Swing Your Tiller
I believe in effortless writing. I believe in it because I have experienced it. As have you. Perhaps you have not experienced it for weeks at a time, or days at a time, or even hours at a time. Perhaps only a paragraph has felt effortless, or line or two. Yet you have known it. You would not be writing if you hadn’t. The question is whether this effortlessness is an accident or something else. I decided sometime ago I wanted my writing to be as effortless as possible. I took no pleasure in effortful writing, and what’s more, I was not much impressed with the results. I felt as if I was paddling my boat against some current because I believed I knew better. It was exhausting and frequently depressing. I could only take so much noble pleasure in how hard this work was, I could only play the artistic martyr for so long before I began to hate the art.
And so I set my sights on effortlessness. This one decision had a dramatic effect. Now, resistance became information. It meant nothing other than I was paddling too hard. It did not mean I was a lousy writer, or that nothing I wrote would ever be finished, or that a better writer wouldn’t be struggling – it simply meant I needed to change my course.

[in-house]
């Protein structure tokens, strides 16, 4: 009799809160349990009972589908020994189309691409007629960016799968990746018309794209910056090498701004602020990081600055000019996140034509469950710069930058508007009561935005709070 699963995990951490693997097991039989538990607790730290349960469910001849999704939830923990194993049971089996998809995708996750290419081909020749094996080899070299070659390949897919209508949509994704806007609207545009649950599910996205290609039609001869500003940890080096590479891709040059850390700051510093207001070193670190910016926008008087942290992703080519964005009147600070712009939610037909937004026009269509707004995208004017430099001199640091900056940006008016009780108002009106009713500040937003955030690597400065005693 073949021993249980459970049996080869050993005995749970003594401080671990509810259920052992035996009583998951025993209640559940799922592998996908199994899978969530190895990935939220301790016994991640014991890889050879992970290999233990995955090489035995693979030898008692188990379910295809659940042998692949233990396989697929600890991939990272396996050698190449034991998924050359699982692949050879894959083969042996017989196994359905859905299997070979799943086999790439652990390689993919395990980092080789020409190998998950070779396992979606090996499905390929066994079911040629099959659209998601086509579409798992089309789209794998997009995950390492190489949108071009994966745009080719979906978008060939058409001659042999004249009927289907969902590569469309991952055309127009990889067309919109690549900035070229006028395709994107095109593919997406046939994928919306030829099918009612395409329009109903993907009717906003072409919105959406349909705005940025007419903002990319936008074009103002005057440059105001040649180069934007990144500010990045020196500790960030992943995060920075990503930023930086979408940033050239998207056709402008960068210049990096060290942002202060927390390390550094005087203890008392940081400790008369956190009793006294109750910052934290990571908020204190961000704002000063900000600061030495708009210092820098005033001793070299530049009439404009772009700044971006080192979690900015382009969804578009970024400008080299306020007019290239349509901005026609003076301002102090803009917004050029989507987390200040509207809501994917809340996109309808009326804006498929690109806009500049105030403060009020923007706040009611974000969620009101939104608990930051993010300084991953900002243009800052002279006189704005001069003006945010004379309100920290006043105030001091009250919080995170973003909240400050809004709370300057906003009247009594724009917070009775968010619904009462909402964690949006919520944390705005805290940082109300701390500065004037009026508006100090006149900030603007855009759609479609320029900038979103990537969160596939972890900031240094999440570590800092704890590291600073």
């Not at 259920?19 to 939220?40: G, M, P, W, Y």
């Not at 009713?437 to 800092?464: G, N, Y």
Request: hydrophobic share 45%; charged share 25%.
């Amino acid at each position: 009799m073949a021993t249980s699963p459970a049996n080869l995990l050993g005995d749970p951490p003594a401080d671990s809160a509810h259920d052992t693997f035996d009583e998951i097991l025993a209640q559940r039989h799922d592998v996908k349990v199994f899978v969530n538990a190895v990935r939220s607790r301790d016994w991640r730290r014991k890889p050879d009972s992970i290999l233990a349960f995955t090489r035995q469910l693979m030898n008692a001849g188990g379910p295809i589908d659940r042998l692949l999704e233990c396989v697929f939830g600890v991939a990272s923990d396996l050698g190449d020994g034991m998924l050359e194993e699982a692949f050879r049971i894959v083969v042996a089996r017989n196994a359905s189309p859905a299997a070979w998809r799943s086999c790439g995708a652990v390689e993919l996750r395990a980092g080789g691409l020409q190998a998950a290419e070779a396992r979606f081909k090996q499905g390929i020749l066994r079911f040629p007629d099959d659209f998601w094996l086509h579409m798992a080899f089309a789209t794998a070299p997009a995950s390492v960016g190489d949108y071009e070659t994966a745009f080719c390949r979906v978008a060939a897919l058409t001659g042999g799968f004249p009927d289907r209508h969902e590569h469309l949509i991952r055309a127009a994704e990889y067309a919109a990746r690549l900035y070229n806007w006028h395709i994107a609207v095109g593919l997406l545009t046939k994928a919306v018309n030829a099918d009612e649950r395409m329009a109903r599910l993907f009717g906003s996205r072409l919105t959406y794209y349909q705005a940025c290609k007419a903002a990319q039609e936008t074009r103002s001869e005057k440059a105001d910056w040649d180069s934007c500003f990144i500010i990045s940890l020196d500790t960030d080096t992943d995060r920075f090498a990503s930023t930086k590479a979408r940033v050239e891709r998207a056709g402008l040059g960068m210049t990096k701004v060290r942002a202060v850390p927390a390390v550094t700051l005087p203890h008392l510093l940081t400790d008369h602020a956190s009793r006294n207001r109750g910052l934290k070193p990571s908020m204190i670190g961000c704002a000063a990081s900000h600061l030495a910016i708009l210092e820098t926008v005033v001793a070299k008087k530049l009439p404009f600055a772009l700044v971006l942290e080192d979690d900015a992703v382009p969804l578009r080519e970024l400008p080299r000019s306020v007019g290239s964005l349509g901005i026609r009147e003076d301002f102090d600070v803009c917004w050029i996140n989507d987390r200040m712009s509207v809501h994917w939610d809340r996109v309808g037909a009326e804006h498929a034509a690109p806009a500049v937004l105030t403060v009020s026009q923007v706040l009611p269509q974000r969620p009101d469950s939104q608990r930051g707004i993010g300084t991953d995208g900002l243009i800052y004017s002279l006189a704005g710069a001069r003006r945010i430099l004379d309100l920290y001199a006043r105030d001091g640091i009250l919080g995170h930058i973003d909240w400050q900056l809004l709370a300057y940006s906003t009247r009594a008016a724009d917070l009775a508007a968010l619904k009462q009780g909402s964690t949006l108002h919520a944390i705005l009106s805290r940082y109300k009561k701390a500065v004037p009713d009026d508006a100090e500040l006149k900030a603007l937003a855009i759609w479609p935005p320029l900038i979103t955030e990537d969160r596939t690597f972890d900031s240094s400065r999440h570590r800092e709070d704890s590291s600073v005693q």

This is not to say I no longer experience resistance. In fact, I am almost always off course. But when you set your sights of effortlessness you learn to adjust more quickly. Now you are on the lookout for the resistance because, in many ways, it is as useful as the effortlessness. And sometimes the resistance makes it more interesting, the way a white water rafter might seek the roughest currents.
Yes, from time to time I still tell myself a story about the resistance, about how the world is organizing itself against me. I don’t know why the world would do this, but life isn’t fair, is it? So goes the story. I tell it until I notice I have stopped telling the story I actually sat down to write, and so I swing my tiller, and seek the current once more.
Write Within Yourself: An Author's Companion. "A book to keep nearby whenever your writer's spirit needs feeding." Deb Caletti.